I ALMOST missed my flight to General Santos City last Friday morning. In fact, on an ordinary day, I would have.
You see, I arrived at the Mactan-Cebu International Airport with 25 minutes to spare. By the time I got to the Cebu Pacific booths in the departure lounge, there was a line for Manila, Davao and Bacolod, among others, but no line for General Santos City. It had already closed.
I was directed to a booth with no signage. The woman took one look at my ticket and my ID and immediately began pounding on the computer keyboard. My heart, too, was racing. I couldn't miss the flight.
I was going to Norala in South Cotabato to attend the wake and burial of my 56-year-old first cousin. Her passing came as a shock as she had gone to the hospital only a month and a half ago for a checkup. She never checked out.
Then the woman looked up and handed me my boarding pass. I thanked her profusely, while she reminded me to check in earlier the next time.
Excuse me? I had packed up the night before. I had arranged for a taxi to pick me up at 8 a.m. Okay, it was raining when I woke up, and it was a Friday. I already anticipated traffic to be bad, but I had given myself a two-hour window so I figured I'd be safe, right? Wrong!
I started to panic when the taxi arrived around quarter to nine.
I told the driver to take the Cabancalan Road since I didn't want to risk going to A.S. Fortuna and be caught in a flood. But as soon as we turned left from Sto. Niño Village, I knew I was in for a nail-biting, deadline-beating, calling-on-all-four-saints-that-I-know kind of ride.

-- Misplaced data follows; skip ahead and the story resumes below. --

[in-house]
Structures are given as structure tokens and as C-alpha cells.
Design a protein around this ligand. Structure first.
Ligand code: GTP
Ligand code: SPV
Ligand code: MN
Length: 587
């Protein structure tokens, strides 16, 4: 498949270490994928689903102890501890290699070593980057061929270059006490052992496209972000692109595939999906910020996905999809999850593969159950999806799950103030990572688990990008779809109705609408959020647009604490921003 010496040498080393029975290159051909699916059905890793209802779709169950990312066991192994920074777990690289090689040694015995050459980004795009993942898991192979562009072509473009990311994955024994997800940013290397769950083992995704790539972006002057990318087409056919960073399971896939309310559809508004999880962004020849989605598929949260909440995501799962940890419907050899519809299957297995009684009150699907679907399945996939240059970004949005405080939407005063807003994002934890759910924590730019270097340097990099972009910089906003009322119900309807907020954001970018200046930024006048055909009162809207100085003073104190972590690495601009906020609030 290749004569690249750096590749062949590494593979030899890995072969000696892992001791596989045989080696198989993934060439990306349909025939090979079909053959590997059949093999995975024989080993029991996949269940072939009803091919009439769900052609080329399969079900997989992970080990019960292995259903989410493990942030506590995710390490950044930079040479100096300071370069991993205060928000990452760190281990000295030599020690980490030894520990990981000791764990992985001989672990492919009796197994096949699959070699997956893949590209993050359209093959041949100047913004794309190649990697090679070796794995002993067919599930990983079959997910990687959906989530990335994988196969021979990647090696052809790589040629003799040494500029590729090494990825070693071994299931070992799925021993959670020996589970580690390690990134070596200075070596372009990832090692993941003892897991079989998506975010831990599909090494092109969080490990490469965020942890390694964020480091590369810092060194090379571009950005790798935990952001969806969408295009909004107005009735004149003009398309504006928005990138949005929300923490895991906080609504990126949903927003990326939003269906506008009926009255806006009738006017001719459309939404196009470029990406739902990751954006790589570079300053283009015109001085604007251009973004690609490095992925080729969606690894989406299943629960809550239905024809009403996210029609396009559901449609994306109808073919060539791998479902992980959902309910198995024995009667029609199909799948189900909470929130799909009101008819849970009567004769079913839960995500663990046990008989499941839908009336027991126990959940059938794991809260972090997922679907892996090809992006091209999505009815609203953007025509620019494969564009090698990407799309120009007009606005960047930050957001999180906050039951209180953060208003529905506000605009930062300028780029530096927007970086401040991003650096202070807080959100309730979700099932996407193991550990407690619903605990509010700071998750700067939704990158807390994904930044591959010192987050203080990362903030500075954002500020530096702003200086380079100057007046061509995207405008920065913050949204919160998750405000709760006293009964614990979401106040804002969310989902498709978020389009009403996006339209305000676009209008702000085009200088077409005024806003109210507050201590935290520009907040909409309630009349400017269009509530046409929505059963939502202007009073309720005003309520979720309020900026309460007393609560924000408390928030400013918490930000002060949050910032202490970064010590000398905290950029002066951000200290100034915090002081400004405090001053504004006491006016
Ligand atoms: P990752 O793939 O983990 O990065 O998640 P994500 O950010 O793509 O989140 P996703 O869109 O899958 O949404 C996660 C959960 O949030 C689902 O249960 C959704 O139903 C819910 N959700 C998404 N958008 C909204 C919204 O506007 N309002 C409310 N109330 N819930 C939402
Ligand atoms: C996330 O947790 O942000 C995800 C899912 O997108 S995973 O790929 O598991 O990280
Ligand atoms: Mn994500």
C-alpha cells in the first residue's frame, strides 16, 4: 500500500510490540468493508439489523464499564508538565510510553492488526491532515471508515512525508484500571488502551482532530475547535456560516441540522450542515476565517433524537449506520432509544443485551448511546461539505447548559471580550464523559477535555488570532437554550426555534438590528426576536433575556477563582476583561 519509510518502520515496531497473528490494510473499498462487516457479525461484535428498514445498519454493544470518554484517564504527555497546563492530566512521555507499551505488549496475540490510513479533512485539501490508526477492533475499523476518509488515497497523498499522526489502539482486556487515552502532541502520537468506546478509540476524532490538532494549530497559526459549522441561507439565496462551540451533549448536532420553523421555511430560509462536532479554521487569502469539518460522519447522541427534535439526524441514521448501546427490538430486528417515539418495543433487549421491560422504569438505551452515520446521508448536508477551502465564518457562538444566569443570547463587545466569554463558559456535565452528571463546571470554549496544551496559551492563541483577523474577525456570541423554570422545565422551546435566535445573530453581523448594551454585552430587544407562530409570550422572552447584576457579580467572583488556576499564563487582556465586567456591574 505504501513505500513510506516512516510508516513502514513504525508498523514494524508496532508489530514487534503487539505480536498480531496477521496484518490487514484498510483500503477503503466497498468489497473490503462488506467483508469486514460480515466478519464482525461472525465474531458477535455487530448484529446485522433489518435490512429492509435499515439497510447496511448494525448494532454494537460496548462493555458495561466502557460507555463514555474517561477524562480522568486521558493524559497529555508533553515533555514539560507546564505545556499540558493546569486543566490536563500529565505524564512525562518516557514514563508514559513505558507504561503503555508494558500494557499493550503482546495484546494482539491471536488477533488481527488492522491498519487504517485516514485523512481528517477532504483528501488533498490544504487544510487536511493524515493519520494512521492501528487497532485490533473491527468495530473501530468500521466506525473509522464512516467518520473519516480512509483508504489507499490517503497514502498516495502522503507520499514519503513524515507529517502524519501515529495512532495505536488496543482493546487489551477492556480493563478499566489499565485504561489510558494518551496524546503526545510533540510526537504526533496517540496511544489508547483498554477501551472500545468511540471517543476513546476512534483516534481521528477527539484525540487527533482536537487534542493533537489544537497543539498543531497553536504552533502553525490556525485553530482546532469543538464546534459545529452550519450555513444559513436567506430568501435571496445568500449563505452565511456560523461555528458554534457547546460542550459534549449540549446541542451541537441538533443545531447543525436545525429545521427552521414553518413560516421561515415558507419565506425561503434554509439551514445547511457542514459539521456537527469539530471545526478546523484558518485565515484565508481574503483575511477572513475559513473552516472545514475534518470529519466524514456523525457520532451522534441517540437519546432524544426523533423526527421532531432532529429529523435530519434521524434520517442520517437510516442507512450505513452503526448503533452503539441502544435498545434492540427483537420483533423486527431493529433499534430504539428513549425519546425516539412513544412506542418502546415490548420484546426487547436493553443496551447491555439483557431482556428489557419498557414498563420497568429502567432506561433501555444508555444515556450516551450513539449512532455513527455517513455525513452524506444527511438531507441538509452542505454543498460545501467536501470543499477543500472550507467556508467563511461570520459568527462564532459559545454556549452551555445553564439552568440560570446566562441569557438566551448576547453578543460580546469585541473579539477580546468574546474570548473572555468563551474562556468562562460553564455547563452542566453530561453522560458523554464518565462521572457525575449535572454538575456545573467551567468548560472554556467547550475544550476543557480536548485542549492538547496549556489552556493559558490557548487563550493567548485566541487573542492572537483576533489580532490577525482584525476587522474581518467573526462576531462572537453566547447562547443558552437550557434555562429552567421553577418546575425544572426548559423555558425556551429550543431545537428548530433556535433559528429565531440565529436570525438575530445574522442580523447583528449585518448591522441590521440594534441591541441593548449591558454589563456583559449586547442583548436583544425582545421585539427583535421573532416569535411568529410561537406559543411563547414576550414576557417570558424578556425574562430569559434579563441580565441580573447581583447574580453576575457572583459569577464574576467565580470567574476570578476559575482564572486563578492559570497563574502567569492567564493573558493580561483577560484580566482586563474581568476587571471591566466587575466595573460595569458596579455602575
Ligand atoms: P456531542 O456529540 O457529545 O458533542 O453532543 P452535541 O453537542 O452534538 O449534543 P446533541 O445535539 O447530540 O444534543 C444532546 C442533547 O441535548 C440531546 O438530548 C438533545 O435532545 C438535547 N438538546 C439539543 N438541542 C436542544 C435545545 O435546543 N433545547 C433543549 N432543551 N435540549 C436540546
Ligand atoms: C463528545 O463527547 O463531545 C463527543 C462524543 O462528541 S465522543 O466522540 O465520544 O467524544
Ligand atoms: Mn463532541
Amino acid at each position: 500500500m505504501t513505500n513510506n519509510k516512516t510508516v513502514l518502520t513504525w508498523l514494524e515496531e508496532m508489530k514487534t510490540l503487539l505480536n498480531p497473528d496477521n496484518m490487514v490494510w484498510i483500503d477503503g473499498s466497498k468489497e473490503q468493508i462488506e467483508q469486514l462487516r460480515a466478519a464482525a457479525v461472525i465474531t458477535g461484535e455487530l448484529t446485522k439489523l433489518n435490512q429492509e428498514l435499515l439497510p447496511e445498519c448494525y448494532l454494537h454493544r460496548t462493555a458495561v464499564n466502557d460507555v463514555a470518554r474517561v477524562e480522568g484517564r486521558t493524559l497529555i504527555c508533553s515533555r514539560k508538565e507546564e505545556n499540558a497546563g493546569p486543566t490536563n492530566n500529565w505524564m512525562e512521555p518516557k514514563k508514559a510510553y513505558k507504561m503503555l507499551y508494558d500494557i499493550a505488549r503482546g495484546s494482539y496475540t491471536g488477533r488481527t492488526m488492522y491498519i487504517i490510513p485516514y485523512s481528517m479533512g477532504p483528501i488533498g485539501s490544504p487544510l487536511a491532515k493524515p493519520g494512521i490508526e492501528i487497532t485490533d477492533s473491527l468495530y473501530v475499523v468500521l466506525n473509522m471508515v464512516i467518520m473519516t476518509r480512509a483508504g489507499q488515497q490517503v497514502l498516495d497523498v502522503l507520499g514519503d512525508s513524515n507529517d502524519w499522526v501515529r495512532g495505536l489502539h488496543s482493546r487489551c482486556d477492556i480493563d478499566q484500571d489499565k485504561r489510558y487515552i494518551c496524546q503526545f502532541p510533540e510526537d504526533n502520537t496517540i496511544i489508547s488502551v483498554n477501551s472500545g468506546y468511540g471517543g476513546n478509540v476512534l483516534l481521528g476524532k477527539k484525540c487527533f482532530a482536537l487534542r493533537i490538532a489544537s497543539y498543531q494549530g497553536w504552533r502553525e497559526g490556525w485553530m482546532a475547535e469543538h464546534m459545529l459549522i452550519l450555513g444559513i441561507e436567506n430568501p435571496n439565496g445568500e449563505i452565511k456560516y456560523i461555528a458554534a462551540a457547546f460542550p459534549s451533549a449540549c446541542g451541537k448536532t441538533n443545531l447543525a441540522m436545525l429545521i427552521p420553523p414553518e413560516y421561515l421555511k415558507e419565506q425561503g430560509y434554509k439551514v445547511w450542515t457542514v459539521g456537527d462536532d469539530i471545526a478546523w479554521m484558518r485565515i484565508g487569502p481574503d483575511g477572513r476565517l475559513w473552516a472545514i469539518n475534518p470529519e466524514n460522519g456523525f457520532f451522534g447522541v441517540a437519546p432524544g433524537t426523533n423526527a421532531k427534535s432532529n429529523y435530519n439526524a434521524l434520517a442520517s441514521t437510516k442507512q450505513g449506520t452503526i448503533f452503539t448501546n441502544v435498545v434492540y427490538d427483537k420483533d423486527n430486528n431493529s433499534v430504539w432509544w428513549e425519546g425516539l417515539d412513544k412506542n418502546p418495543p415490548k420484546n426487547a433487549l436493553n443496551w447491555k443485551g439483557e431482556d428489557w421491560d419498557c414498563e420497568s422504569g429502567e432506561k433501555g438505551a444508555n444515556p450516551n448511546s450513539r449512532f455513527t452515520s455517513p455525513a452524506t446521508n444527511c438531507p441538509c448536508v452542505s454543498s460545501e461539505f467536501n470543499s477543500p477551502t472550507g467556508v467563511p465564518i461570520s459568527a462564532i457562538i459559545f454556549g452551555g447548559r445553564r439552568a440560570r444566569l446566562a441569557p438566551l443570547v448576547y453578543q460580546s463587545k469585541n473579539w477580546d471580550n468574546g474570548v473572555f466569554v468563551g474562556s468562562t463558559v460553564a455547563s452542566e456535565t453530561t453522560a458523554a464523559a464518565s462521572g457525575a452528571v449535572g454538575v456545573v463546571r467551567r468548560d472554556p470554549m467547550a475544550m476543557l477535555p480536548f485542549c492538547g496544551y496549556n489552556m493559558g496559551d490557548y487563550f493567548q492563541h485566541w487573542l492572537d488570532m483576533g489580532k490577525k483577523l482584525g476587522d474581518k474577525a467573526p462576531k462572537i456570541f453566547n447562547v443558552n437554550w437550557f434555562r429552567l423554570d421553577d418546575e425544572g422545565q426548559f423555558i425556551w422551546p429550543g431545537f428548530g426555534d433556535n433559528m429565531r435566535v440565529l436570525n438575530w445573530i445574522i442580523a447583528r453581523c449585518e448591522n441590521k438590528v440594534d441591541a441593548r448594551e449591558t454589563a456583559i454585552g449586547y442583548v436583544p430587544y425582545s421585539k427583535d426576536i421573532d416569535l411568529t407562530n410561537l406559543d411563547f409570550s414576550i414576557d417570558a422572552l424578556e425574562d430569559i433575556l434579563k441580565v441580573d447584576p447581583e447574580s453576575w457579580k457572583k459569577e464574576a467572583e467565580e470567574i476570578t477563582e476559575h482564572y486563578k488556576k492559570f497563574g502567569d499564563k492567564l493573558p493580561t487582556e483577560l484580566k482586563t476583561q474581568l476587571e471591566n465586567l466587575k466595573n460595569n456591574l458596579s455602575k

Traffic to Talamban was bumper-to-bumper. To say that it crawled would be an insult to all creepy-crawly things. The situation didn't improve when we finally got to Cabancalan. Traffic there was also bad.
A portion of the four-lane road has been closed for—oh, I don't know how long—while it is undergoing rehabilitation. Admittedly traffic was an improvement compared to the same period last year but when you're in a hurry to catch a flight, an “improved” traffic situation can easily morph into grief.
I was optimistic when I got into the taxi. It helped that Super Bob was on the radio. I texted him about my predicament and he reassured me, on air, that I'd get there on time. And who am I to question Super Bob, right?
But when we were still in Cabancalan at 9:30 a.m., anger set in. How has traffic gotten out of control? Twenty years ago, a trip to the airport from the house took 30 minutes. Tops.
So I told myself, just get me there on time and for my next trip I'd leave the house three hours earlier. But the possibility that I would miss the plane was slowly sinking in.
By the time I made my way to the departure lounge, I was resigned to the fact that I might not make it. I'd just have to call my cousin's family and tell them what happened.
But I did make it. For once, I was thankful the flight to GenSan was delayed.